Biogeochemical studies in the Luquillo CZO are closely linked to all aspects of the CZO and are designed to increase our understanding of the role of lithology and weathering in the maintaining the biogeochemical processes of the earth surface.
Image: Xing Hao digging a soil pit in the Luquillo Mountains June 2010. Photo: Miguel Leon (University of Pennsylvania)
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Previous work on the Luquillo surface soils has shown that: (1) pools of plant available macronutrients (Ca, Mg, K, and P) are much larger in the upper horizons (< 60 cm) than they are at depth (Zarin & Johnson 1995a); (2) soil nutrient pools are strongly dependent on SOM (Zarin & Johnson 1995b); (3) atmospheric inputs of macronutrients are substantial and nutritionally important to forest re-growth (Zarin 1995b, Frizano etal. 2002); and (4) macronutrient pools differ by landscape position, vegetation, season and land use (Silver etal.1994, Scatena etal. 1995, Cox etal. 2002). The gross stocks of SOM have also been quantified in forests and landslides (Silver etal. 1994, Scatena etal. 1995, Zarin etal 1995ab, McGroddy etal 2000). Unfortunately, most of these studies were focused on shallow surface soils in the VC. The physical and chemical quality of SOM has not been fully assessed in areas underlain by either lithology and SOM and nutrient stocks at depths greater than 0.5 m are virtually unknown. Nevertheless, studies elsewhere suggest that bedrock lithology can significantly modify SOM stabilization and storage, including studies on Hawaiian basalts and Sierra Nevadan granites, basalts and andesites (Torn etal. 1997, Rasmussen etal. 2005; 2006). Soil architecture, mineralogy, and chemistry also influence SOM incorporation into the subsurface (Mayer, 1994, Baldock and Skjemstad, 2000, Mikutta etal. 2006) such that we hypothesize that SOM incorporation in the GD soils will be dominated by physical occlusion while SOM stabilization in VC soils will be dominated by sorption on reactive mineral surfaces. These differences are expected to influence the depth of weathering (H2), riparian processes (H5) and the fate of atmospheric inputs (H7). To address these basic questions the LCZO is quantifying soil nutrients and stream exports by lithology, hillslope position, and forest type. Process based experiments are also underway to quantify the role of microbial communities and soil oxygen on nutrient availability. Available infrastructure include monitored watersheds, long-term vegetation plots, and legacy information on vegetation nutrient use.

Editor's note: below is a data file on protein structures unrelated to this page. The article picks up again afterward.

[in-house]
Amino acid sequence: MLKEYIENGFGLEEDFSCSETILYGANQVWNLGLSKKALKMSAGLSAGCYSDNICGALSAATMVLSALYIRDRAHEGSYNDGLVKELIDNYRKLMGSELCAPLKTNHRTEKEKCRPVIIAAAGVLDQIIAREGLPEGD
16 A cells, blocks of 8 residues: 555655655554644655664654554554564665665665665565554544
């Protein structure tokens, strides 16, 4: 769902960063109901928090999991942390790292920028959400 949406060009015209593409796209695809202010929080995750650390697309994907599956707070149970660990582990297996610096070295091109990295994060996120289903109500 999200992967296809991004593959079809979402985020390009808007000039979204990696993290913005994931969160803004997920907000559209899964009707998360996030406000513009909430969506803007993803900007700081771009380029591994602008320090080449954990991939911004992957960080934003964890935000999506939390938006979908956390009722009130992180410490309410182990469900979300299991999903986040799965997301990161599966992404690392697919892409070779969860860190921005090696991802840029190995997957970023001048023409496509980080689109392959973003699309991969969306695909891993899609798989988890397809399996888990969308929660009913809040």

For additional information regarding ongoing Biogeochemical research please see LCZO data website.
Biomass and Nutrient Content of the Bisley Experimental Watersheds, Luquillo Experimental Forest, Puerto Rico, Before and After Hurricane Hugo. Scatena, F.N.; Silver, W.; Siccama, T.; Johnson, A., and Sánchez, M.J. (1993): Biotropica
A nitrogen budget for late-successional hill slope tabonuco forest, Puerto Rico. Chestnut, T.J., D.J. Zarin, W.H. McDowell and M. Keller (1999): Biogeochemistry
Soil oxygen availability and biogeochemistry along rainfall and topographic gradients in upland wet tropical forest soils. Silver, W.L., A.E. Lugo and M. Keller (1999): Biogeochemistry
phosphorus cycling in deep saprolite, Luquillo Mountains, Puerto Rico. Buss H.L., Mathur R., White A.F., and Brantley S.L. (2010): Chemical Geology
Effects of hurricane disturbance on stream water concentrations and fluxes in eight tropical forest watersheds of the Luquillo Experimental Forest, Puerto Rico. Schaefer, D.A.; McDowell, W.H.; Scatena, F.N., and Asbury, C.E. (2000): Journal of Tropical Ecology
Variation in below ground carbon storage and soil CO2 flux rates along a wet tropical climate gradient. McGroddy, M., and C. E. Ashbury (2000): Chem. Geol.
Redox fluctuations in a humid tropical forest soil impact N-cycling rates by framing the composition of the soil microbial community. Pett-Ridge, J., W. L. Silver, and M. K. Firestone (2006): Biogeochemistry